Prince Harry, the Duke of Sussex and Meghan, the Duchess of Sussex take part in a public walkabout at the Sydney Opera House. Picture: Bang Showbiz
Prince Harry, the Duke of Sussex and Meghan, the Duchess of Sussex take part in a public walkabout at the Sydney Opera House. Picture: Bang Showbiz

Prince Harry and Meghan talking to community leaders about BLM movement

By Bang Showbiz Time of article published Jun 9, 2020

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Prince Harry and Meghan, Duchess of Sussex, are "holding calls with community leaders" about how they can help the Black Lives Matter movement.

The couple - who currently live in Los Angeles - are believed to be speaking to charitable organisations surrounding the movement to find out how they can lend their platform to the cause, following the protests that have been taking place after the death of George Floyd.

An insider told People magazine: "They are holding calls with community leaders and organisations but are doing that privately as they continue to see how they can play a role. But they also want to learn and talk about it like the rest of us."

The news comes after Meghan, 38, recently spoke about the tragedy and subsequent anti-racism protests during a video message to the graduating class of her old Los Angeles school, Immaculate Heart High.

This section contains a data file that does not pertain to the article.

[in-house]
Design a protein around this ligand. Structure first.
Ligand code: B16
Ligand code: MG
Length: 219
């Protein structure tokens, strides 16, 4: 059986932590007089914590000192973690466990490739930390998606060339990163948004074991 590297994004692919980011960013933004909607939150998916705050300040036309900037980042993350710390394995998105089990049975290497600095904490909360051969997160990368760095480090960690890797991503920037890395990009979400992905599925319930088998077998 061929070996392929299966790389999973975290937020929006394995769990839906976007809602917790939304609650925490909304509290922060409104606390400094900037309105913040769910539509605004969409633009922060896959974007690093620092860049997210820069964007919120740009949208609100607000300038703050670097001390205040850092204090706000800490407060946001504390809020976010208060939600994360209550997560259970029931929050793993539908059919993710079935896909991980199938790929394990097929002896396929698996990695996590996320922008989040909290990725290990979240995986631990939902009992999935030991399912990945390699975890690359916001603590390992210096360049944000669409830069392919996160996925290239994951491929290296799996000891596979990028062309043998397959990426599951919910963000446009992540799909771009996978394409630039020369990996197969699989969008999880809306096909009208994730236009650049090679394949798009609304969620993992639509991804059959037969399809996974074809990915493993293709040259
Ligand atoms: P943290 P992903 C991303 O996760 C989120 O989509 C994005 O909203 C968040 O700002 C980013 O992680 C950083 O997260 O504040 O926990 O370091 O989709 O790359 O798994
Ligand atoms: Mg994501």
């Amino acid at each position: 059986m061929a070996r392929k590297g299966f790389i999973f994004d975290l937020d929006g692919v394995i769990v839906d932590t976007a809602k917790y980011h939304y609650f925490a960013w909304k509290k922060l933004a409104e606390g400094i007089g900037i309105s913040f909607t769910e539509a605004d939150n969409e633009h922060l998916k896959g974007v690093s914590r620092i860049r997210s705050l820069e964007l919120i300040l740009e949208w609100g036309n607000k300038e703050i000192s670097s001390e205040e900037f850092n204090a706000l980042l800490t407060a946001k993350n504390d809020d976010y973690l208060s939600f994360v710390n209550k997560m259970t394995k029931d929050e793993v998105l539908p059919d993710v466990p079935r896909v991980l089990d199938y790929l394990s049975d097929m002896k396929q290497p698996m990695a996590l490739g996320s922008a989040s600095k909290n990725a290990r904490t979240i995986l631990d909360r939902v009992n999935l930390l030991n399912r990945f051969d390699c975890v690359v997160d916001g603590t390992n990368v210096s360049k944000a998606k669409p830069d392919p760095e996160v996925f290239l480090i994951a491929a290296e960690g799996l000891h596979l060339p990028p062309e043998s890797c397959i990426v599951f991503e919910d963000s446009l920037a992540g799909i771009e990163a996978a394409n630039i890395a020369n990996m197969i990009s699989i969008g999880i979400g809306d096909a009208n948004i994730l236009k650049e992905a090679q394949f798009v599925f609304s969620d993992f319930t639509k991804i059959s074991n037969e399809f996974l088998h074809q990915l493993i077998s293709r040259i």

Referencing the deaths of people of colour at the hands of police, she said: "What is happening in our country and in our state and in our hometown of LA has been absolutely devastating.

"I wasn't sure what I could say to you. I wanted to say the right thing and I was really nervous that it would get picked apart.

"I realised the only wrong thing to say is to say nothing because George Floyd's life mattered and Breonna Taylor's life mattered and Philando Castile's life mattered and Tamir Rice's life mattered... and so did so many other people whose names we know and whose names we do not know..."

Meghan - who has 12-month-old son Archie with Harry - apologised to the students for having to grow up in a world where racism is still prevalent and reflected on some advice she was given as a teenager.

She said: "I was thinking about this moment when I was a sophomore, I was 15... it's the year we do volunteer work.

"And I remember one teachers, Ms Pollia, said to me, 'always remember to put other's needs above your own fears.'

"That has stuck with me throughout my entire life and I have thought about it more in the last week than ever before.

"So the first thing I want to say to you is that I'm sorry. I'm so sorry that you have to grow up in a world where this is still present."

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